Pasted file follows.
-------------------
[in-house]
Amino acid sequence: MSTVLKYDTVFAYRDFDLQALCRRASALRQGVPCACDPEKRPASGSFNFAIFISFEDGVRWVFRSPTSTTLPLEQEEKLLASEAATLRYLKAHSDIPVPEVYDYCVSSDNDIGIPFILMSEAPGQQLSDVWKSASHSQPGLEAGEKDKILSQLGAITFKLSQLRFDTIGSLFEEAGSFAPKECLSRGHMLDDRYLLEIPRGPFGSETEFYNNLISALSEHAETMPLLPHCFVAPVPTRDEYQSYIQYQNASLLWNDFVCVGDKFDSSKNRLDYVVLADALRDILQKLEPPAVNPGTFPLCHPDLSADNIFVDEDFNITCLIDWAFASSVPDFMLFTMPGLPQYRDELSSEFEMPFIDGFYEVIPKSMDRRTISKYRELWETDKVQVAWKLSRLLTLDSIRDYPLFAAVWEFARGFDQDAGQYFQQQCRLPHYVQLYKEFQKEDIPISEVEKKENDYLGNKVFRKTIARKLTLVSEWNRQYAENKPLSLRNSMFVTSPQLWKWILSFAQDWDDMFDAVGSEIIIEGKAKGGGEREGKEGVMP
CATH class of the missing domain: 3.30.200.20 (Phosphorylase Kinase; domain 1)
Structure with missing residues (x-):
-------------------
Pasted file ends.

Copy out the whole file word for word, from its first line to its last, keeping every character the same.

[in-house]
Amino acid sequence: MSTVLKYDTVFAYRDFDLQALCRRASALRQGVPCACDPEKRPASGSFNFAIFISFEDGVRWVFRSPTSTTLPLEQEEKLLASEAATLRYLKAHSDIPVPEVYDYCVSSDNDIGIPFILMSEAPGQQLSDVWKSASHSQPGLEAGEKDKILSQLGAITFKLSQLRFDTIGSLFEEAGSFAPKECLSRGHMLDDRYLLEIPRGPFGSETEFYNNLISALSEHAETMPLLPHCFVAPVPTRDEYQSYIQYQNASLLWNDFVCVGDKFDSSKNRLDYVVLADALRDILQKLEPPAVNPGTFPLCHPDLSADNIFVDEDFNITCLIDWAFASSVPDFMLFTMPGLPQYRDELSSEFEMPFIDGFYEVIPKSMDRRTISKYRELWETDKVQVAWKLSRLLTLDSIRDYPLFAAVWEFARGFDQDAGQYFQQQCRLPHYVQLYKEFQKEDIPISEVEKKENDYLGNKVFRKTIARKLTLVSEWNRQYAENKPLSLRNSMFVTSPQLWKWILSFAQDWDDMFDAVGSEIIIEGKAKGGGEREGKEGVMP
CATH class of the missing domain: 3.30.200.20 (Phosphorylase Kinase; domain 1)
Structure with missing residues (x-):